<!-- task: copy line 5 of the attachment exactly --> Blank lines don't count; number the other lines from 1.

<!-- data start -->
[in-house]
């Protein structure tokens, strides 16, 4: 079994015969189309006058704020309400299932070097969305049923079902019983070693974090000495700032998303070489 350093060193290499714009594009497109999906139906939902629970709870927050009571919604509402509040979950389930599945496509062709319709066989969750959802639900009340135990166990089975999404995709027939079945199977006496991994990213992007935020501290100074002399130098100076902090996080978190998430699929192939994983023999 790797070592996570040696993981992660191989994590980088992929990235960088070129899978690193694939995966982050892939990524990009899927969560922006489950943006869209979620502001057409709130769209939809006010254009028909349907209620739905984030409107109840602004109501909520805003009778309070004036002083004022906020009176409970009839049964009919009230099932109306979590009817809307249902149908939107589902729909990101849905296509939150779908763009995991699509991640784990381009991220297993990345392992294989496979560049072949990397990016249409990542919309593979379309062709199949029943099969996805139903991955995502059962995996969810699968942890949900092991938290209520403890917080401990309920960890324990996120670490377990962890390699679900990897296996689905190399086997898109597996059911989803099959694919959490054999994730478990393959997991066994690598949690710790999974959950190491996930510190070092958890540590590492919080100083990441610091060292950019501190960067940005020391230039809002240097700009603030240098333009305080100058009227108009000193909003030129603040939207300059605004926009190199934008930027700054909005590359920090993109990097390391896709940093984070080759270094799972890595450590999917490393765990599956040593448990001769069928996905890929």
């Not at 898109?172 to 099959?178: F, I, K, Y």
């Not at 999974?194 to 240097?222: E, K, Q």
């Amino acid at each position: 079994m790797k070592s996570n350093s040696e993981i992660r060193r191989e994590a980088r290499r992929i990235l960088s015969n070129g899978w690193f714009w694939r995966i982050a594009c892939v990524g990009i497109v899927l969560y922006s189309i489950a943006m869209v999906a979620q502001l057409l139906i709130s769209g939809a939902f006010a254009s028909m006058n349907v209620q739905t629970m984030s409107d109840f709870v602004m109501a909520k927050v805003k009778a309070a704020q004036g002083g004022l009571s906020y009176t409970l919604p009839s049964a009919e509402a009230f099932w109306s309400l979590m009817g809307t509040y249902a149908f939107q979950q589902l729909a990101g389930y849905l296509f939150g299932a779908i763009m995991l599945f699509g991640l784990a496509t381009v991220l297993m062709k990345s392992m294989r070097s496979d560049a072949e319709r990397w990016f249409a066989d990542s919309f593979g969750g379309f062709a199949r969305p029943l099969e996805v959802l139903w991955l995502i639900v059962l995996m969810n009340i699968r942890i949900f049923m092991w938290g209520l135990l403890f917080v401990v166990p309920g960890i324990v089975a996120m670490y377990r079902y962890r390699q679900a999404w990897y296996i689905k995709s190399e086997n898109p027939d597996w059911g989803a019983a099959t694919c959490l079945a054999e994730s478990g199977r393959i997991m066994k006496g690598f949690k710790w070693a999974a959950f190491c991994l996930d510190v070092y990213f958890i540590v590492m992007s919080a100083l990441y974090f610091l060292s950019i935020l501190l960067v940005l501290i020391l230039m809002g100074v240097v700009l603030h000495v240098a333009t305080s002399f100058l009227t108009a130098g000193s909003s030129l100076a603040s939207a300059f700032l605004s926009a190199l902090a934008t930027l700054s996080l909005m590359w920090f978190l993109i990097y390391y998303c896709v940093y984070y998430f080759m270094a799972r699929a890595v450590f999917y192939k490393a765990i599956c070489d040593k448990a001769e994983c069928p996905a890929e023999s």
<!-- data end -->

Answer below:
């Amino acid at each position: 079994m790797k070592s996570n350093s040696e993981i992660r060193r191989e994590a980088r290499r992929i990235l960088s015969n070129g899978w690193f714009w694939r995966i982050a594009c892939v990524g990009i497109v899927l969560y922006s189309i489950a943006m869209v999906a979620q502001l057409l139906i709130s769209g939809a939902f006010a254009s028909m006058n349907v209620q739905t629970m984030s409107d109840f709870v602004m109501a909520k927050v805003k009778a309070a704020q004036g002083g004022l009571s906020y009176t409970l919604p009839s049964a009919e509402a009230f099932w109306s309400l979590m009817g809307t509040y249902a149908f939107q979950q589902l729909a990101g389930y849905l296509f939150g299932a779908i763009m995991l599945f699509g991640l784990a496509t381009v991220l297993m062709k990345s392992m294989r070097s496979d560049a072949e319709r990397w990016f249409a066989d990542s919309f593979g969750g379309f062709a199949r969305p029943l099969e996805v959802l139903w991955l995502i639900v059962l995996m969810n009340i699968r942890i949900f049923m092991w938290g209520l135990l403890f917080v401990v166990p309920g960890i324990v089975a996120m670490y377990r079902y962890r390699q679900a999404w990897y296996i689905k995709s190399e086997n898109p027939d597996w059911g989803a019983a099959t694919c959490l079945a054999e994730s478990g199977r393959i997991m066994k006496g690598f949690k710790w070693a999974a959950f190491c991994l996930d510190v070092y990213f958890i540590v590492m992007s919080a100083l990441y974090f610091l060292s950019i935020l501190l960067v940005l501290i020391l230039m809002g100074v240097v700009l603030h000495v240098a333009t305080s002399f100058l009227t108009a130098g000193s909003s030129l100076a603040s939207a300059f700032l605004s926009a190199l902090a934008t930027l700054s996080l909005m590359w920090f978190l993109i990097y390391y998303c896709v940093y984070y998430f080759m270094a799972r699929a890595v450590f999917y192939k490393a765990i599956c070489d040593k448990a001769e994983c069928p996905a890929e023999s």